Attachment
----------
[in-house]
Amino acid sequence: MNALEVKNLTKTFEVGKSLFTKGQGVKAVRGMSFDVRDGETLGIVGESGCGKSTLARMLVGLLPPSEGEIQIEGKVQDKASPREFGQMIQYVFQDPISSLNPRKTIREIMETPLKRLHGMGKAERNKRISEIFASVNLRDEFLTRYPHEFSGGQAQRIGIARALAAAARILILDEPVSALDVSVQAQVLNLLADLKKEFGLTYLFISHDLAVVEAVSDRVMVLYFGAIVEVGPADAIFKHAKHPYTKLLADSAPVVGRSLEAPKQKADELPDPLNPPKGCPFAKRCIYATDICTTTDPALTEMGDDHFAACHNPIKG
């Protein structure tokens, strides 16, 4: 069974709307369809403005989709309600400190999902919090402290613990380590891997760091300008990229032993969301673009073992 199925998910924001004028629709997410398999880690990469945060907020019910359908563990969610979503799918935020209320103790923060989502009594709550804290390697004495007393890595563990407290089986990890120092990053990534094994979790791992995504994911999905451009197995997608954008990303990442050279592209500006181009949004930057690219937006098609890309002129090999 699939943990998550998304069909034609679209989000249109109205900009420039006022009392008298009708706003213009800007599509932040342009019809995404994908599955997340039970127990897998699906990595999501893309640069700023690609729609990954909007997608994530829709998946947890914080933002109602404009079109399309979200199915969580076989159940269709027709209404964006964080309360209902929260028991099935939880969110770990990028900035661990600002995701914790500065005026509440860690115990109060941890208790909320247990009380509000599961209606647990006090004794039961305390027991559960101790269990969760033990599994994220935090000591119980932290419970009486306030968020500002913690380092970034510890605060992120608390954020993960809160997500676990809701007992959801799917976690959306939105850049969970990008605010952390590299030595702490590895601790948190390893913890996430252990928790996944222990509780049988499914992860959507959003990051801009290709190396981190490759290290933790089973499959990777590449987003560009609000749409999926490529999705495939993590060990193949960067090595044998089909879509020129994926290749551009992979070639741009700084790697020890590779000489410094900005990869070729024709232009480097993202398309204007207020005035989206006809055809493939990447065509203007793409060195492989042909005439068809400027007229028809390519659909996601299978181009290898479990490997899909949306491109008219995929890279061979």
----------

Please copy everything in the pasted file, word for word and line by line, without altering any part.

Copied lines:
[in-house]
Amino acid sequence: MNALEVKNLTKTFEVGKSLFTKGQGVKAVRGMSFDVRDGETLGIVGESGCGKSTLARMLVGLLPPSEGEIQIEGKVQDKASPREFGQMIQYVFQDPISSLNPRKTIREIMETPLKRLHGMGKAERNKRISEIFASVNLRDEFLTRYPHEFSGGQAQRIGIARALAAAARILILDEPVSALDVSVQAQVLNLLADLKKEFGLTYLFISHDLAVVEAVSDRVMVLYFGAIVEVGPADAIFKHAKHPYTKLLADSAPVVGRSLEAPKQKADELPDPLNPPKGCPFAKRCIYATDICTTTDPALTEMGDDHFAACHNPIKG
């Protein structure tokens, strides 16, 4: 069974709307369809403005989709309600400190999902919090402290613990380590891997760091300008990229032993969301673009073992 199925998910924001004028629709997410398999880690990469945060907020019910359908563990969610979503799918935020209320103790923060989502009594709550804290390697004495007393890595563990407290089986990890120092990053990534094994979790791992995504994911999905451009197995997608954008990303990442050279592209500006181009949004930057690219937006098609890309002129090999 699939943990998550998304069909034609679209989000249109109205900009420039006022009392008298009708706003213009800007599509932040342009019809995404994908599955997340039970127990897998699906990595999501893309640069700023690609729609990954909007997608994530829709998946947890914080933002109602404009079109399309979200199915969580076989159940269709027709209404964006964080309360209902929260028991099935939880969110770990990028900035661990600002995701914790500065005026509440860690115990109060941890208790909320247990009380509000599961209606647990006090004794039961305390027991559960101790269990969760033990599994994220935090000591119980932290419970009486306030968020500002913690380092970034510890605060992120608390954020993960809160997500676990809701007992959801799917976690959306939105850049969970990008605010952390590299030595702490590895601790948190390893913890996430252990928790996944222990509780049988499914992860959507959003990051801009290709190396981190490759290290933790089973499959990777590449987003560009609000749409999926490529999705495939993590060990193949960067090595044998089909879509020129994926290749551009992979070639741009700084790697020890590779000489410094900005990869070729024709232009480097993202398309204007207020005035989206006809055809493939990447065509203007793409060195492989042909005439068809400027007229028809390519659909996601299978181009290898479990490997899909949306491109008219995929890279061979």